Saturday, June 17, 2006

Gramsci Quote, At Least Some Recited At Sraffa's Funeral

I know, from reading Geoff Harcourt, that at least some of this was quoted at Sraffa's funeral:
"It would be worth compiling a 'reasoned' catalogue of the men of learning whose opinions are widely quoted or contested in the book, each name to be accompanied by notes on their significance and scientific importance (this to be done also for the supporters of the philosophy of praxis who are certainly not quoted in the light of their originality and significance). In fact there are only the most passing references to the great intellectuals. The question is raised: would it not have been better to have referred only to the major intellectuals on the enemy side, leaving aside the men in the second rank, the regurgitators of second-hand phrases? One gets the impression that the author wants to combat only the weakest of their positions (or the ones which the weakest adversaries have maintained least adequately), in order to obtain facile verbal victories - for one can hardly speak of real victories. The illusion is created that there exists some kind of more than formal and metaphorical resemblance between an ideological and a politico-military front. In the political and military struggle it can be correct tactics to break through at the points of least resistance in order to be able to assault the strongest point with maximum forces that have been precisely made available by the elimination of the weaker auxiliaries. Political and military victories, within certain limits, have a permanent and universal value and the strategic end can be attained decisively with a general effect for everyone. On the ideological front, however, the defeat of the auxiliaries and the minor hangers-on is of all but negligible importance. Here it is necessary to engage battle with the most eminent of one's adversaries. Otherwise one confuses newspapers with books, and petty daily polemic with scientific work. The lesser figures must be abandoned to the infinite casebook of newspaper polemic.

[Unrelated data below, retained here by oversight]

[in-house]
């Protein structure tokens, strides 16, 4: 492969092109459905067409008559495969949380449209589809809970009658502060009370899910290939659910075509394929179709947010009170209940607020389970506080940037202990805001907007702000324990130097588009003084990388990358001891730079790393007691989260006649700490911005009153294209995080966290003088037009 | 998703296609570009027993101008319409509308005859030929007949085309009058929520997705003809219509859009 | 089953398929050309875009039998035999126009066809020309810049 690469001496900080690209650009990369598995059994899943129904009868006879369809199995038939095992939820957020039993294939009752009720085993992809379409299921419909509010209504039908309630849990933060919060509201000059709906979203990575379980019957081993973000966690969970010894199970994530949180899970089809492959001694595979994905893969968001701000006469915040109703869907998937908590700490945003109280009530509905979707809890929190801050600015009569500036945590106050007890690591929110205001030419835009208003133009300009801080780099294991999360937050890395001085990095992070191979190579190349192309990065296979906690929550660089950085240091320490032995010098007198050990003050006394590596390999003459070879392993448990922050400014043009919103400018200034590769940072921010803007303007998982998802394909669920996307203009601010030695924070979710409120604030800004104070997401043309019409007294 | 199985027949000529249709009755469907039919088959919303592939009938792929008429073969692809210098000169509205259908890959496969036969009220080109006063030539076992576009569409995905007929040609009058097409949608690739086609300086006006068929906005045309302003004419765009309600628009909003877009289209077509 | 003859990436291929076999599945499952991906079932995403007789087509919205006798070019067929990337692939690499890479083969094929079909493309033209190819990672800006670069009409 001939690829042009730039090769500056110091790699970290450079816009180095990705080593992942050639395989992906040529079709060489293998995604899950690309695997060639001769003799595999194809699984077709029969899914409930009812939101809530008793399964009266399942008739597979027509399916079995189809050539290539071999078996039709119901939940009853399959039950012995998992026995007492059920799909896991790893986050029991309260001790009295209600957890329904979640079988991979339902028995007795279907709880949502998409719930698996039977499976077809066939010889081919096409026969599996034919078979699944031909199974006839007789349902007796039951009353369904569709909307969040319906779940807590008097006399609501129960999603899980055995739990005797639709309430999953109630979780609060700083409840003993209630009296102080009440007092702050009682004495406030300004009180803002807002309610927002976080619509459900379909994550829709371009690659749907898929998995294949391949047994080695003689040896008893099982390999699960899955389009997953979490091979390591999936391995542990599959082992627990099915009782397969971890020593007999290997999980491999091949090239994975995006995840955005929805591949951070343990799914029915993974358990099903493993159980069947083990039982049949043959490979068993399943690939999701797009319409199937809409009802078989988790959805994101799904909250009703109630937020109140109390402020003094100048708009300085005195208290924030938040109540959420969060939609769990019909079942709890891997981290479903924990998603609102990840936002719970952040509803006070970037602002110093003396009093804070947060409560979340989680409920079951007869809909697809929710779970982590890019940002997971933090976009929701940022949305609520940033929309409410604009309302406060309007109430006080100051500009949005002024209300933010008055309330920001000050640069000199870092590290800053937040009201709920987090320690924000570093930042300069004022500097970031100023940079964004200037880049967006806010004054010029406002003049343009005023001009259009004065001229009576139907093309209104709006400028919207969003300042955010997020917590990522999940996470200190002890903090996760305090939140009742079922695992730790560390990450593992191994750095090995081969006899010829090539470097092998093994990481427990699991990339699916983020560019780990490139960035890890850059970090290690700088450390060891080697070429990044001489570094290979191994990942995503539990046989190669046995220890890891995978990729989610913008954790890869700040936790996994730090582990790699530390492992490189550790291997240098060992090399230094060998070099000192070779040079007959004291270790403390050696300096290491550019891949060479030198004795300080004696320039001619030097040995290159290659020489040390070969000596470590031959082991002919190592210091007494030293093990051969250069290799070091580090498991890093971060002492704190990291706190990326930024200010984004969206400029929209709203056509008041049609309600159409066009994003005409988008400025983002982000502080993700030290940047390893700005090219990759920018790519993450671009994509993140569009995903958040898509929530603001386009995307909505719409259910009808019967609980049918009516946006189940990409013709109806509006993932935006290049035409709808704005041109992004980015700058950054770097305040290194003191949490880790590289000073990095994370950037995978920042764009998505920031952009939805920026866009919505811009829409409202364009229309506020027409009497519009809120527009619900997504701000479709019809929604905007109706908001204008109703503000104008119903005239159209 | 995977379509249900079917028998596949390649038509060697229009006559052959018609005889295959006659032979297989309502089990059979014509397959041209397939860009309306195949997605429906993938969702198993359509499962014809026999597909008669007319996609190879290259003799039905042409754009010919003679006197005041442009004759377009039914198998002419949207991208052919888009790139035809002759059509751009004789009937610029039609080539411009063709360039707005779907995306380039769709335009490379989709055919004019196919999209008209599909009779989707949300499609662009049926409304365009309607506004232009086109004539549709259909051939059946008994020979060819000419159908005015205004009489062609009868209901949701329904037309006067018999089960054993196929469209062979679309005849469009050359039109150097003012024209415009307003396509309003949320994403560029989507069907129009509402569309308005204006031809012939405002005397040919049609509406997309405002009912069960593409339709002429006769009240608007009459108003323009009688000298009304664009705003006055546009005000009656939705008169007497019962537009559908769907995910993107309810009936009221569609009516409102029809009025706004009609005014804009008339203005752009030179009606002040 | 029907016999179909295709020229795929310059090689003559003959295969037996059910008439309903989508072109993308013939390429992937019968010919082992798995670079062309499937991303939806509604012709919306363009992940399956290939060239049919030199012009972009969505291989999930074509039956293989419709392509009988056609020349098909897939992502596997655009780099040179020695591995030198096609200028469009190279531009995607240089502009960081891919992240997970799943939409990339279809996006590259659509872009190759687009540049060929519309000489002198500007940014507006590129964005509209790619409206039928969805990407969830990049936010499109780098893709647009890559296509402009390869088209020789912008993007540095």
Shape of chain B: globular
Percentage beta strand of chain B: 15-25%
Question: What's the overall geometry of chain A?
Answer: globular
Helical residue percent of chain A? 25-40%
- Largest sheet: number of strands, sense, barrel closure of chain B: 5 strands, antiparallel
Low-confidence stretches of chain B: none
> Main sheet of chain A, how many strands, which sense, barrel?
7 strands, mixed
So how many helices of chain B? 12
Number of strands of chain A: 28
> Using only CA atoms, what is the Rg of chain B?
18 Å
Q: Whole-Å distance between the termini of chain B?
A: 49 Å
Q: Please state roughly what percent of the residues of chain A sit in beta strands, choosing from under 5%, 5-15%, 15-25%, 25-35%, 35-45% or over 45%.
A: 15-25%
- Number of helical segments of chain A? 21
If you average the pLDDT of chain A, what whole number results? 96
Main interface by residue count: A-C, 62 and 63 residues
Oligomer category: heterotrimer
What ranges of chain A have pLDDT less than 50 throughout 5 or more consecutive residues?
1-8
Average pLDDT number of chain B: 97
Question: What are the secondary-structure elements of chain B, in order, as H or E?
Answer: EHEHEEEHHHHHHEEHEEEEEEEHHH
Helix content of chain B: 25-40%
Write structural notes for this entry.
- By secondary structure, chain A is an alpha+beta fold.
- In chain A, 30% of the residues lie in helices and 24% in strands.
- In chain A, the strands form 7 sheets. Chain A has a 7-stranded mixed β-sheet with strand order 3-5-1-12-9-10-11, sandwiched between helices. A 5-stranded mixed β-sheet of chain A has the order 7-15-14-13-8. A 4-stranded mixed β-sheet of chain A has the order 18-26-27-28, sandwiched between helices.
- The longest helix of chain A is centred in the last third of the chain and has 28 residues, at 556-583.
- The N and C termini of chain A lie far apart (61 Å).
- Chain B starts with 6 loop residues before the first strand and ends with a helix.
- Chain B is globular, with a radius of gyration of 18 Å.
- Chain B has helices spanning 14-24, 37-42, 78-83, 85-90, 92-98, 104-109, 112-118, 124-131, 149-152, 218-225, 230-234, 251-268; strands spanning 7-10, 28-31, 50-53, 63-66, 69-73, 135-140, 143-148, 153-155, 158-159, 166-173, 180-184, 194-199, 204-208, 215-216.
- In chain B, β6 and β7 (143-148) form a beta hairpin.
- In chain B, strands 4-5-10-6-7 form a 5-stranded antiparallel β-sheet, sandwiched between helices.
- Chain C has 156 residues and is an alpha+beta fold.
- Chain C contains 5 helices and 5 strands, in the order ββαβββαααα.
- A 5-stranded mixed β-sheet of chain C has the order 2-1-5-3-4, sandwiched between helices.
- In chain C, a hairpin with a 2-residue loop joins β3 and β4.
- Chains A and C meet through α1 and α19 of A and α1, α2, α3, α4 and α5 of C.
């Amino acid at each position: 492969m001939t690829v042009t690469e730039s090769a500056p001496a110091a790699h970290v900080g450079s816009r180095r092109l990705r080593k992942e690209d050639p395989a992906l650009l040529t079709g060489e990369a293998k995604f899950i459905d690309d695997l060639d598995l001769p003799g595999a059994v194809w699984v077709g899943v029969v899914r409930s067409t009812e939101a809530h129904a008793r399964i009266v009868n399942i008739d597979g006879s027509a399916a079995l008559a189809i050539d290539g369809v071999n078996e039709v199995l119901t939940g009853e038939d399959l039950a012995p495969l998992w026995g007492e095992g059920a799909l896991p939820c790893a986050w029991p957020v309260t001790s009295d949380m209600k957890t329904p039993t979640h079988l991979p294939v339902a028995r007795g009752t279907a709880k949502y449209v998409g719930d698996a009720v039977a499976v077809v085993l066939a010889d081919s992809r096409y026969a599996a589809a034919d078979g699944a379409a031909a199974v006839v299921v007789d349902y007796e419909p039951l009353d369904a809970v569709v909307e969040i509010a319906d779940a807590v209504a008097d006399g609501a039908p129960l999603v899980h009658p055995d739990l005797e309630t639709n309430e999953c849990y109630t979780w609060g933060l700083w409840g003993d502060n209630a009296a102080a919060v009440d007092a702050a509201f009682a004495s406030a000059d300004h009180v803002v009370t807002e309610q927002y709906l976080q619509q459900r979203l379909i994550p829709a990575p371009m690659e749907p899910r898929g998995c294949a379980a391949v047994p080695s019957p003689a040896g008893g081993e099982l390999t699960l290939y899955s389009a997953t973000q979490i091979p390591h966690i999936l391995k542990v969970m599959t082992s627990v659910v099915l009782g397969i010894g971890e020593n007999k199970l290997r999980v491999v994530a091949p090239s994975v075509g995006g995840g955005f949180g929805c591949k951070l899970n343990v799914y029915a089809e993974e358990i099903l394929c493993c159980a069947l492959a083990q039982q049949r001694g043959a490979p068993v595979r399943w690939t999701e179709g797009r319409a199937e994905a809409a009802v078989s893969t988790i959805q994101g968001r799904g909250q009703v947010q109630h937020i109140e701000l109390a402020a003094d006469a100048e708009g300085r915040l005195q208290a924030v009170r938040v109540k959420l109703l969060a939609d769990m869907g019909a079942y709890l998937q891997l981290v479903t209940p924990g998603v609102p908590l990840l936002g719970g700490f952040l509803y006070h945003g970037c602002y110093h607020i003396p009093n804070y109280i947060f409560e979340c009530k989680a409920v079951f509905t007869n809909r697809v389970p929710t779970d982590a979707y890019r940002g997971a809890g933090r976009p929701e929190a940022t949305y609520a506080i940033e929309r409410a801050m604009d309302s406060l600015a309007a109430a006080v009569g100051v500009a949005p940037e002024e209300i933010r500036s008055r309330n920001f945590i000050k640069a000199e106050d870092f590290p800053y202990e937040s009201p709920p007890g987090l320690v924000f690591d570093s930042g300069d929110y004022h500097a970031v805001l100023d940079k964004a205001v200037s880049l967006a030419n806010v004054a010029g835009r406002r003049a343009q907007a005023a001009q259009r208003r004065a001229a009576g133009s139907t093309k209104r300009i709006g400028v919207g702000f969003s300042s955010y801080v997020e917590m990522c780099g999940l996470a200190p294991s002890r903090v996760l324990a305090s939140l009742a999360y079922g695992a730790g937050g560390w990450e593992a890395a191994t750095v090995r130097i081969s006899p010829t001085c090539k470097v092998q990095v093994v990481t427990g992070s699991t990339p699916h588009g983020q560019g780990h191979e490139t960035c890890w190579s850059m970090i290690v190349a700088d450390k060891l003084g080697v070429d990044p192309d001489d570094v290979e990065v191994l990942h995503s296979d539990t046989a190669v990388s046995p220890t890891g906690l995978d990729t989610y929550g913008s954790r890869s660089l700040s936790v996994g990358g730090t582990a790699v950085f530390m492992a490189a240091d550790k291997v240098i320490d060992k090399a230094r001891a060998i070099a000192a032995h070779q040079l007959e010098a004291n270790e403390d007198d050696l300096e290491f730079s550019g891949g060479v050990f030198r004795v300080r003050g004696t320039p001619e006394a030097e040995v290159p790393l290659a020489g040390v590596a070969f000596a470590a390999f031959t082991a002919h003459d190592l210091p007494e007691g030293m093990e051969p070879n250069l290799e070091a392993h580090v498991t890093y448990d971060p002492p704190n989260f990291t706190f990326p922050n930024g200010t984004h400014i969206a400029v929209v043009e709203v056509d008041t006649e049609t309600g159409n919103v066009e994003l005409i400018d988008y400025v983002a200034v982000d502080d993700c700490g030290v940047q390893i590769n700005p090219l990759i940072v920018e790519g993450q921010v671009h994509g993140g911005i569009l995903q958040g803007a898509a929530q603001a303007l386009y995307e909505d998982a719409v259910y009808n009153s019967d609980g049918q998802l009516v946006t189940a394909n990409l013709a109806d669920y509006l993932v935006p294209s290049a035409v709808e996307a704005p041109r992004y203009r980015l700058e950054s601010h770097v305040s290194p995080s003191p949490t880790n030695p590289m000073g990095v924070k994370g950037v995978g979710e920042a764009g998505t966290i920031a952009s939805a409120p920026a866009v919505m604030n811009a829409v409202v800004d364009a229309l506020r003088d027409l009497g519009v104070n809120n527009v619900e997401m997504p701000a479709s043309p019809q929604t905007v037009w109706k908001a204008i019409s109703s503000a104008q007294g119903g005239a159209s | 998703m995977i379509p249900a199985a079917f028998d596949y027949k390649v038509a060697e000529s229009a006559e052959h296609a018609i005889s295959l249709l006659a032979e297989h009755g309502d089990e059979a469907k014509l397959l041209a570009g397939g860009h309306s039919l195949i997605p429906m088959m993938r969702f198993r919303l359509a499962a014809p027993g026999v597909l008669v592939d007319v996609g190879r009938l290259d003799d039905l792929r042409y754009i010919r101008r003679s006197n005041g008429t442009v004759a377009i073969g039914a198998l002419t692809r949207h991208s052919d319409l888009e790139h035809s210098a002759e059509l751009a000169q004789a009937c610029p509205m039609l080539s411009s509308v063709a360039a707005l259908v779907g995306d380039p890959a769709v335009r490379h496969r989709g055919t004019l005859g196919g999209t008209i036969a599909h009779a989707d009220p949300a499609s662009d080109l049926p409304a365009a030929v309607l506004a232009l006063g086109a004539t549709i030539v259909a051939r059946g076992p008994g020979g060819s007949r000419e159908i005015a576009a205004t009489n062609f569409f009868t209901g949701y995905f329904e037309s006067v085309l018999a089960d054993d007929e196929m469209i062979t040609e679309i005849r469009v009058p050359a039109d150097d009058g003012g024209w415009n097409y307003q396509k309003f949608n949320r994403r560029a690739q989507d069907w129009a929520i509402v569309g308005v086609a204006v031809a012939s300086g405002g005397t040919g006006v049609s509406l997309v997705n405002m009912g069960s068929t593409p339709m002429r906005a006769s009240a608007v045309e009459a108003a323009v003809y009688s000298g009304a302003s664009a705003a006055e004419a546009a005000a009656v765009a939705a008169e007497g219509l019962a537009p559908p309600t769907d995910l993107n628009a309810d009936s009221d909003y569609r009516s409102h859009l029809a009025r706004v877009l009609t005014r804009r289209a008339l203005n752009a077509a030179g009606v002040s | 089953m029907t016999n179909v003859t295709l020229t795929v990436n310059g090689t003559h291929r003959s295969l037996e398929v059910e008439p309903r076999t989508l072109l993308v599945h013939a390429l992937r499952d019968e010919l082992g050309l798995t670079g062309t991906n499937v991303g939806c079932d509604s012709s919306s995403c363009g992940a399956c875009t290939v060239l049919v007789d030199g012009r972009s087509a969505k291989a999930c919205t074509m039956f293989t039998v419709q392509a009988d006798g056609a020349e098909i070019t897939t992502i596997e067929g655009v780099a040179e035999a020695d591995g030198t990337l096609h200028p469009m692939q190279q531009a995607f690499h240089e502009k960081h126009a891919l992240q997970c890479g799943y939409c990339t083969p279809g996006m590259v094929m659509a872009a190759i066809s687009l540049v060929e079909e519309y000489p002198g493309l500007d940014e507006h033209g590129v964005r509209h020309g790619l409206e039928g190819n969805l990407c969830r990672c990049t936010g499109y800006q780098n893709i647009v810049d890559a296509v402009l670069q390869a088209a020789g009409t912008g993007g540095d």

A new science proves its efficacy and vitality when it demonstrates that it is capable of confronting the great champions of the tendencies opposed to it and when it either resolves by its own means the vital questions which they have posed or demonstrates, in peremptory fashion, that these questions are false problems.

It is true that an historical epoch and a given society are characterised rather by the average run of intellectuals, and therefore by the more mediocre. But widespread, mass ideology must be distinguished from the scientific works and the great philosophical syntheses which are its real cornerstones. It is the latter which must be overcome, either negatively, by demonstrating that they are without foundation, or positively, by opposing to them philosophical syntheses of greater importance and significance. Reading the Manual one has the impression of someone who cannot sleep for the moonlight and who struggles to massacre the fireflies in the belief that by so doing he will make the brightness lessen or disappear." (Gramsci 1971, pp. 432-433, "Critical Notes on an Attempt at Popular Sociology")

(The attempt being considered here is The Theory of Historical Materialism: A Manual of Popular Sociology, a book by Nikolai Bukharin.)

  • Harcourt, G. C. (1986). "On the Contributions of Joan Robinson and Piero Sraffa to Economic Theory", in Controversies in Political Economy: Selected Essays, New York University Press
  • Gramsci, Antonio (1971). Selections from the Prison Notebooks of Anonio Gramsci (Trans. by Quintin Hoare and Geoffrey Nowell Smith), International Publishers.

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